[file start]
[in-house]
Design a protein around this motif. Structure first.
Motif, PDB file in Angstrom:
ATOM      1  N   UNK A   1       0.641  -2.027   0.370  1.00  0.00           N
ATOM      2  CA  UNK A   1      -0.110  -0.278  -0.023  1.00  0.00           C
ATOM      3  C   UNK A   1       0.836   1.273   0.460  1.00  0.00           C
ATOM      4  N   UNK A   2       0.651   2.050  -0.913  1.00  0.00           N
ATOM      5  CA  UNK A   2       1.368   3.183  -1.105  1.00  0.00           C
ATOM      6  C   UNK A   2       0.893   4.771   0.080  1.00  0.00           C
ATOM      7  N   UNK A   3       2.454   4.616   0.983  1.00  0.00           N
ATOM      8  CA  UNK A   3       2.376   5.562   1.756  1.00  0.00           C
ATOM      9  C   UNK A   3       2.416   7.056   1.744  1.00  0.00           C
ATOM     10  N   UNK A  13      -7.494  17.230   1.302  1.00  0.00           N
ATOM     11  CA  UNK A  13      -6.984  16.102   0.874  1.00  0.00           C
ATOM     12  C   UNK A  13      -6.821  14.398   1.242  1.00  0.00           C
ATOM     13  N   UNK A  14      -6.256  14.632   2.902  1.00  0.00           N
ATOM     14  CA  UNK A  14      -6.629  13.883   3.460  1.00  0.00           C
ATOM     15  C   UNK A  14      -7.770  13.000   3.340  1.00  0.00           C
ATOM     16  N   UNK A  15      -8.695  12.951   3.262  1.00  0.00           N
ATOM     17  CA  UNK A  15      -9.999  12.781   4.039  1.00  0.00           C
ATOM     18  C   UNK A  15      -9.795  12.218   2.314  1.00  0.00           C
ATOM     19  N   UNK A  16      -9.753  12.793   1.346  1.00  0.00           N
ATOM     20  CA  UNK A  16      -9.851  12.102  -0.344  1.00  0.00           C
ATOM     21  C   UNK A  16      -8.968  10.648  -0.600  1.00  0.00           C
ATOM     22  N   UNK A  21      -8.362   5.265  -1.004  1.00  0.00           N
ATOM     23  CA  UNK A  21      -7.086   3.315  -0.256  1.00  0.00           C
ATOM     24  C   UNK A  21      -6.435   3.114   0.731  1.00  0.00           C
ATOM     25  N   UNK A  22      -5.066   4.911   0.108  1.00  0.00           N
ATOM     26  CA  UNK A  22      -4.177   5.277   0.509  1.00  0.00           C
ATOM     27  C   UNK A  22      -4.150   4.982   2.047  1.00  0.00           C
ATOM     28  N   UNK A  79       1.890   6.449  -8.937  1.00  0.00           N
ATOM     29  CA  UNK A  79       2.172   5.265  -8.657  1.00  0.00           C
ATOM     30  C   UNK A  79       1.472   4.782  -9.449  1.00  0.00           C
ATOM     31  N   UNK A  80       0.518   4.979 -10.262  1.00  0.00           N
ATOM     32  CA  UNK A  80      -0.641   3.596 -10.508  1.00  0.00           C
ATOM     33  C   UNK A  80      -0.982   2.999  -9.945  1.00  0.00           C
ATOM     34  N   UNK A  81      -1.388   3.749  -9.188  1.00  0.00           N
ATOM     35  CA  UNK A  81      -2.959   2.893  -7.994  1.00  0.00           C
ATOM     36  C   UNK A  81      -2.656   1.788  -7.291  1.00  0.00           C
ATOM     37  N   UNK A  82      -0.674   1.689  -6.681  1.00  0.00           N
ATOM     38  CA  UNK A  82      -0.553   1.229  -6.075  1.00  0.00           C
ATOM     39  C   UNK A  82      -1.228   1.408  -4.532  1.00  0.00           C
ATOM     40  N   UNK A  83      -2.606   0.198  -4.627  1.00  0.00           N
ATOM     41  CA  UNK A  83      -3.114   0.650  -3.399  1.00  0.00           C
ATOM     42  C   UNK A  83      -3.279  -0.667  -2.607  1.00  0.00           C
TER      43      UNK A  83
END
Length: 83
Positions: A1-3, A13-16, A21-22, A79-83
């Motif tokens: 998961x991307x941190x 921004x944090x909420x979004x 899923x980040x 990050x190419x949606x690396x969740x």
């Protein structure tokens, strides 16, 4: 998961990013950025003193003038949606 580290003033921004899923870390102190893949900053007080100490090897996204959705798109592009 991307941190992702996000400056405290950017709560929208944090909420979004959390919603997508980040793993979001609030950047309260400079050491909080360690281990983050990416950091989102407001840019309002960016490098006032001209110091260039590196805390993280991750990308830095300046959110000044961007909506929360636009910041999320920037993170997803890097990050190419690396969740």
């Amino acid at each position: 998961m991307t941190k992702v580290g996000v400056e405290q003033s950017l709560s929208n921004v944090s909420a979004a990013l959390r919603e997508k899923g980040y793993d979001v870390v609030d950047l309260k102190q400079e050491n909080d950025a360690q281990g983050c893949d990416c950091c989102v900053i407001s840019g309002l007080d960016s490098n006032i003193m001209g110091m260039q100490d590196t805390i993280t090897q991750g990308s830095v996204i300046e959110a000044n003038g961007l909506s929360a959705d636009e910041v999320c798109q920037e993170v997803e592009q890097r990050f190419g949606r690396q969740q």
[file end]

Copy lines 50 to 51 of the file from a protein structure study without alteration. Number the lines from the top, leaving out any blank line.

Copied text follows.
């Motif tokens: 998961x991307x941190x 921004x944090x909420x979004x 899923x980040x 990050x190419x949606x690396x969740x």
């Protein structure tokens, strides 16, 4: 998961990013950025003193003038949606 580290003033921004899923870390102190893949900053007080100490090897996204959705798109592009 991307941190992702996000400056405290950017709560929208944090909420979004959390919603997508980040793993979001609030950047309260400079050491909080360690281990983050990416950091989102407001840019309002960016490098006032001209110091260039590196805390993280991750990308830095300046959110000044961007909506929360636009910041999320920037993170997803890097990050190419690396969740």